April 29, 2016
By Frank Fumai, Deloitte & Touche LLP
Private equity has grown dramatically over the past decade. Investor allocations, the outperformance of private equity versus public companies, and market appreciation have grown global assets to a new high of $3.6 trillion (excluding venture capital), as revealed in Deloitte’s upcoming report, “Private equity growth in transition: Evolve to meet tomorrow’s challenges.” This asset level puts private equity well above the $2.8 trillion held by its alternative investment peer, hedge funds, according to BarclayHedge, Ltd.
While the private equity industry is strong and healthy at present, most industry observers anticipate that the recent pace of growth will wane, at least in the near term. This viewpoint is supported by the maturity of the private equity industry itself and the current economic outlook.
There are other challenges facing the industry as well. Heightened levels of competition, escalating regulatory oversight, and emerging operational and enterprise risk requirements are squeezing profitability—even before the expected market slowdown.
Based on these factors, we believe the private equity industry may be entering a new phase of growth. The question is, what will this growth look like? We expect it may be more moderate than over the past decade, where the increase in assets under management over some multi-year periods reached double digit compound annual growth rates.
To shed more light on how this shifting environment may affect the industry, we have created a tri-scenario asset-based growth model that spans the next five years. Our estimates for industry growth, which include our perspective on both valuation levels and how we see dry powder increasing, will be detailed in our upcoming report.
Rising asset levels are only one part of private equity growth, however. In a slower market environment, firms will want to focus on growing profitability through restructuring and operational efficiencies as opposed to front office deal-making. To support this transition, we recommend in our report that managers consider the rising importance of three broad areas that relate to the growth and profitability of the private equity firm and its portfolio: the need to create robust internal controls and processes; a growing focus on value creation and operational excellence of portfolio companies; and the use of technology to enable tax transformation.
Of these three areas, which our report covers in greater depth, the processes around internal controls are receiving the most external attention. Transparency requirements by regulators and investors alike are creating the need for firms to take a closer look at how internal controls are set up, documented, and communicated to members of the firm and its portfolio companies. Well-documented controls, coupled with a strong training program, are key to having operational issues appropriately handled, while preventing deal-makers from being distracted by them.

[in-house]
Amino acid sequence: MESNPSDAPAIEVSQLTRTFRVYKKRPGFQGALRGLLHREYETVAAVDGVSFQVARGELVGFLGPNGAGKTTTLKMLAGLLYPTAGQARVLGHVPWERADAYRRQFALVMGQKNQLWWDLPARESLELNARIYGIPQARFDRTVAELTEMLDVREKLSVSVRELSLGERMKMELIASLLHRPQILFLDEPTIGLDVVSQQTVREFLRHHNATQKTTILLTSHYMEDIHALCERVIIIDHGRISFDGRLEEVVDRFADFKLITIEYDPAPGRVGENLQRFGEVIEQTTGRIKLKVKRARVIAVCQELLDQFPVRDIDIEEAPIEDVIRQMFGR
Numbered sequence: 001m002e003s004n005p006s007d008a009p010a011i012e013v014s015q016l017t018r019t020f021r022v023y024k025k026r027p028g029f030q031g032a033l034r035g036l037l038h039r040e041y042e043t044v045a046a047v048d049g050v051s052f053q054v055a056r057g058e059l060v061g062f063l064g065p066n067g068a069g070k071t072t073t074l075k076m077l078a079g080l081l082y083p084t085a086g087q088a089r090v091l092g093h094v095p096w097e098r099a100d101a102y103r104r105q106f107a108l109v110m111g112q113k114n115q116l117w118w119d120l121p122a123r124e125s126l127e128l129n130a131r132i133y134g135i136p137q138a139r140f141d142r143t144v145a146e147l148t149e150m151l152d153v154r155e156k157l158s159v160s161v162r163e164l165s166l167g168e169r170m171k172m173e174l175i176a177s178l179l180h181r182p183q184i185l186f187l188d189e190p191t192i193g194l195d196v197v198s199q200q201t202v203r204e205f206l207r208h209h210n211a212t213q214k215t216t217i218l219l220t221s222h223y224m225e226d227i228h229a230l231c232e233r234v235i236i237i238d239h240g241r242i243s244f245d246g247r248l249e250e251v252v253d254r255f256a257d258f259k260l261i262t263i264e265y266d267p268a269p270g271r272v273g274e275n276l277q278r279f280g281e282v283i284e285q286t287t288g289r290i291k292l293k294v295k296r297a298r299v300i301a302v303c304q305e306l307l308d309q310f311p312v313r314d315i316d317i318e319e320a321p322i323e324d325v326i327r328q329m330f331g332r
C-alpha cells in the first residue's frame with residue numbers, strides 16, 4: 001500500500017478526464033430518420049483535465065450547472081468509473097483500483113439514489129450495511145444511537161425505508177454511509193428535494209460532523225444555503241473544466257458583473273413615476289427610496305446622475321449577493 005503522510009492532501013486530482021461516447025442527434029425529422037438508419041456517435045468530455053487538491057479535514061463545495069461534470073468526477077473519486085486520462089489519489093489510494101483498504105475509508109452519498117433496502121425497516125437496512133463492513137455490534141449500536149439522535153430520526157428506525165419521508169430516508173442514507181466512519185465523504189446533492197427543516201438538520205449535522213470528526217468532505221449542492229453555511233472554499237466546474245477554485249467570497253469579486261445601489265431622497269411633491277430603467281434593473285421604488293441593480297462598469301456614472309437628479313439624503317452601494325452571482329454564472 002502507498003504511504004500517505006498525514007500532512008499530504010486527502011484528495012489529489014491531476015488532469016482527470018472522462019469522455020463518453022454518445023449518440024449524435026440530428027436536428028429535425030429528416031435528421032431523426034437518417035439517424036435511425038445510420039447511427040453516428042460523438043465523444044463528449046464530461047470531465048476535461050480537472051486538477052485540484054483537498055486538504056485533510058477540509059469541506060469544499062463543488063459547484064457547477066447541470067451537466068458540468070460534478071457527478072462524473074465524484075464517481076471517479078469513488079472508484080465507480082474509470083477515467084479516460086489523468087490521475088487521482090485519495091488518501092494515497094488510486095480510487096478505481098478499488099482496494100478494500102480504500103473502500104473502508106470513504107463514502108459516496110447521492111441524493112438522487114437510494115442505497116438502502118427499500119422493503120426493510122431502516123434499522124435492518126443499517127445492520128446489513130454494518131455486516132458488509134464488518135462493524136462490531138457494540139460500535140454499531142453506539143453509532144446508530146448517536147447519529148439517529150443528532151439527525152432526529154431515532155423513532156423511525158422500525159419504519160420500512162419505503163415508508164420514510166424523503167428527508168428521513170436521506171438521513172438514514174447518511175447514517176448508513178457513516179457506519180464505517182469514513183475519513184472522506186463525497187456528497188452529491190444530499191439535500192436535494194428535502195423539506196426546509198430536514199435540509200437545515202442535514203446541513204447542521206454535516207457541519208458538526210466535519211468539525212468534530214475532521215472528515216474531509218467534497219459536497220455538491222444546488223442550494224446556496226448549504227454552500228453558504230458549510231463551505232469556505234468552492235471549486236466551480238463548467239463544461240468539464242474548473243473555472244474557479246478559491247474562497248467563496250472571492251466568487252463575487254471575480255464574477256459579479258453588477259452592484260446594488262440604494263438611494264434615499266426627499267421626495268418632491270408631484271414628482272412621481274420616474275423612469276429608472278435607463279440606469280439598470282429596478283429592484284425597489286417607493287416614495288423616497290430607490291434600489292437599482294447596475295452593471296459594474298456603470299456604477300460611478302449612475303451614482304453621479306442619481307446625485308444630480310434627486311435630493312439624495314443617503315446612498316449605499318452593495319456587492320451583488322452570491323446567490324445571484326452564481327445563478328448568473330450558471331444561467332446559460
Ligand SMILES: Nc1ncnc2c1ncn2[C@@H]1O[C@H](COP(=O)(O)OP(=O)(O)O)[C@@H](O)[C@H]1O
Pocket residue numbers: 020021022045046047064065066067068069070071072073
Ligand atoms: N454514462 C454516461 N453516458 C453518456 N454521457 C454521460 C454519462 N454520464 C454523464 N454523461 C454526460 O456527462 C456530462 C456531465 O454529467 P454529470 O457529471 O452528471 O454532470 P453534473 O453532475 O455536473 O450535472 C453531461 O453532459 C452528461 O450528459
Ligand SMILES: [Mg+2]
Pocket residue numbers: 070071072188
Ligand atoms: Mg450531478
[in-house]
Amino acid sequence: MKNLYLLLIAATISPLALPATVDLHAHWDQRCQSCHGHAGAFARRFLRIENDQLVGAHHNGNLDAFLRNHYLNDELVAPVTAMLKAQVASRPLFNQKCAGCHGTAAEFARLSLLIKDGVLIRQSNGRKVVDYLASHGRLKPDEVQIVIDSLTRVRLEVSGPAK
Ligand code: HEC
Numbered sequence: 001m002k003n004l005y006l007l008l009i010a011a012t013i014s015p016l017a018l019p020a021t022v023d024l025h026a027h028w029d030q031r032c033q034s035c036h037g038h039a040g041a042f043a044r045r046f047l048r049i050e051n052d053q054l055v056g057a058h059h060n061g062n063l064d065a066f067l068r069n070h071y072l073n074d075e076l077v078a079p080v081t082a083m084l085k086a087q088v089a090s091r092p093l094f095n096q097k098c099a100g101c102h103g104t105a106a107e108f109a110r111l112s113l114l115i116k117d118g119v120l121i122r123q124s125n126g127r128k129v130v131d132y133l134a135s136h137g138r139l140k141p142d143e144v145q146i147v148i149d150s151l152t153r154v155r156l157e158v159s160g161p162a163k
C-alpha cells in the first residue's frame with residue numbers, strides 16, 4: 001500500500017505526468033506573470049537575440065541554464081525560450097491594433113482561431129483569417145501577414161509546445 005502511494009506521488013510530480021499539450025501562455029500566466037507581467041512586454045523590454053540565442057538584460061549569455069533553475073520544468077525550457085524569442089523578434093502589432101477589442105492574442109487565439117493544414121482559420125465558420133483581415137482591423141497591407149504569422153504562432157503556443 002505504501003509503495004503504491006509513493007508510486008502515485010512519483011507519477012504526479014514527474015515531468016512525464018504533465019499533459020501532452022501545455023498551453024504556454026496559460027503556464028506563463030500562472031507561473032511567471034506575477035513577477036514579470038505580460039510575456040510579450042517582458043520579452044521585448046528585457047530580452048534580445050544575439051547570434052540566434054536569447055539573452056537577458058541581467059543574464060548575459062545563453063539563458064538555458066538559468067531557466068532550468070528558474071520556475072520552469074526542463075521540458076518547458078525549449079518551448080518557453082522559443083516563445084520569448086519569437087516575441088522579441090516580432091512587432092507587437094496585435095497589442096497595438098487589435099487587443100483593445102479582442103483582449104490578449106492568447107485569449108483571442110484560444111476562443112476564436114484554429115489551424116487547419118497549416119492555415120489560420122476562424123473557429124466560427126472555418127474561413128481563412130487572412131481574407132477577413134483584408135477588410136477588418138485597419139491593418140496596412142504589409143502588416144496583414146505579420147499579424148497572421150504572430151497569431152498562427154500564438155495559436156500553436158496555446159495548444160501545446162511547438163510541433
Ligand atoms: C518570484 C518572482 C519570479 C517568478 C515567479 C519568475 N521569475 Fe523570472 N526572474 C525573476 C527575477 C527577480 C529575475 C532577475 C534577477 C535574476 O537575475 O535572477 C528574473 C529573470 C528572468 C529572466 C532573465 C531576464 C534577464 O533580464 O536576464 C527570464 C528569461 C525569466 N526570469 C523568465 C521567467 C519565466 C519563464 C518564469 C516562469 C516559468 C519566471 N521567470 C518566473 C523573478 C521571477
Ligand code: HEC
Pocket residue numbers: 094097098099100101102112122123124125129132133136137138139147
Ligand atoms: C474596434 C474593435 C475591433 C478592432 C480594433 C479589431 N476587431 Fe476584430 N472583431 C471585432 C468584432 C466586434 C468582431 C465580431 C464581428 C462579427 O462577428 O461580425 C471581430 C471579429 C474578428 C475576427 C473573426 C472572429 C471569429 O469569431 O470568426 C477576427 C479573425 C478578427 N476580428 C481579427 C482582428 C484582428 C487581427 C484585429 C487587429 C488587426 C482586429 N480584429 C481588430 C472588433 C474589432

The heightened focus on transparency also extends to fund marketing and valuation. In recent years the Securities and Exchange Commission has shown more interest in the marketing of private equity funds and the valuations used in the performance calculations, and advises that marketing will continue to be a risk area. To help manage this potential conflict of interest—and pass regulatory reviews—private equity firms need to establish clear controls, and ensure separation from any potential valuation conflict related to marketing or performance reporting.
These types of challenges illustrate the growing complexity of the private equity marketplace, a trend we see escalating over the next few years. While we anticipate private equity to remain attractive to investors, based on its outperformance versus standard benchmarks as calculated by Preqin, Ltd., balancing a firm’s objectives of funding growth and lowering costs may become a focal point of the new normal. In this light, initial outlays may be required to support technology, infrastructure, and operational improvements, even amid rising cost pressures. Yet, private equity firms that actively embrace this opportunity may be more effectively positioned for the future.
To receive a copy of the upcoming report, “Private equity growth in transition: Evolve to meet tomorrow’s challenges,” to be published in May 2016, click here, where you will also find Deloitte’s investment management updates. Click here to register for our May 31st Deloitte Debrief on private equity growth.
Frank Fumai is a partner with Deloitte & Touche LLP, where he leads the national private equity audit practice. For more information about Deloitte’s private equity practice, you can e-mail Frank at firstname.lastname@example.org. Deloitte is a Tier 1 Associate Member of the PEGCC